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Croton Plant & Cats

leaf veins image by Doug Stacey from

Cat owners are familiar with limiting their houseplant choices to blooms and leaves that do not threaten the health of their cats. Questions have arisen, however, about the potential danger of the Codiaecae family, commonly known as crotons, popular plants known for colorfully veined leaves. Their omission from more than one list of plants that are potentially harmful to cats may reflect the recent growth in their popularity and variety. It may be linked to characteristics of the croton plant's effect on humans, usually short-lived. Cat-owners, however, are advised to exercise caution in introducing croton plants into areas inhabited by cats.


Concerned owners and parents have compliled a number of lists of plants that are toxic to cats, dogs, and small children (see References), because colorful or trailing leaves, dazzling flowers, and even the pots of dirt they occupy can attract and harm pets and babies, especially in a relatively plant-free environment. Visual stimulation and boredom play a part in a cat's interest. It may be attracted by the movement of leaves and flowers, and a great way to explore a potential new plaything is with the mouth.


Cat owners routinely employ a number of strategies to keep plants and pets safe from each other: banning any potentially harmful plant from the house; hanging plants in baskets or from brackets which cats cannot reach; placing plants on small tables or stands that have no room for a curious cat; and trimming any trailing parts whose movement might seem an invitation to play.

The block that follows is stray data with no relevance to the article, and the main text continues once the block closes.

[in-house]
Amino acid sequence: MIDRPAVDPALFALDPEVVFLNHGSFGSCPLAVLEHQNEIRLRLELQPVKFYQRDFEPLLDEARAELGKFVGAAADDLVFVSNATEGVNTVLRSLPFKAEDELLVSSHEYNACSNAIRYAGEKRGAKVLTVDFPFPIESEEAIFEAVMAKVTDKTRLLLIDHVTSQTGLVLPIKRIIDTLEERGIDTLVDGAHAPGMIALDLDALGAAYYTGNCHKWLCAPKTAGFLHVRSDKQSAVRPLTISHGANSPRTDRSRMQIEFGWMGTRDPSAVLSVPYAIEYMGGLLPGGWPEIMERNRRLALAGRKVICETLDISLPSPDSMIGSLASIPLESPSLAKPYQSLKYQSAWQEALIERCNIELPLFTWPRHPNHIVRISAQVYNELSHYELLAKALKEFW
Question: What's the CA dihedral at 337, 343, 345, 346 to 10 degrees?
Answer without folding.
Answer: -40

The North Carolina State University Extension Service describes the croton family of plants as poisonous, and the active toxic ingredient as "croton oil," which can function as a strong purgative, like castor oil, and a skin irritant, producing pain and blisters. A note tht accompanies the listing for Codiaeum variegatum, or the croton we know best as a houseplant and tender summer annual, states "toxic only when consumed in large quantities." It notes that dermatological effects tend to be brief. This suggests a possible reason why crotons were not included in the ASPCA toxic/nontoxic database. The fact that the plants are typically not fatal to humans does not mean, however, that the plants won't pose a potential danger to a cat who consumers a considerable quantity.


Take an ounce-of-prevention stance toward cats and houseplants. Do all you can to keep them apart. Apply common sense: What may be irritating to a 150 lb. human can be devastating to a 10 lb. cat. Provide your cats with lots of play- and climbing alternatives, so that houseplants seem less like potential toys. Consider cat-friendly plantings indoors: ask your nursery for a small amount of grass seed and potting soil in the fall; enliven your cat's winter menu (and some say digestive health) with indoor grass grown in a cup. Plant nepeta, or cat mint, in a sunny window; you can enjoy its gray-green leaves and blue flowers; your cat can nibble on a catnip relative--a mildly entertaining snack rather than a mouthful of intoxicating chaos!

Other Safety Measures

Learn the names of your houseplants. Different kinds of plants can have very different toxic ingredients, and the name of your plant will simplify a diagnosis immeasurably if you have to call your vet. Post the ASPCA Poison Control Center number and any regional help-numbers along with the other emergency phone numbers you keep by the phone. (Note: however, that the ASPCA number is not a free service; have a charge-card number handly.) Get your pet to the vet immediately if illness appears to be plant-related, and take part of the plant with you--toss the whole pot into a plastic bag so you can move quickly.

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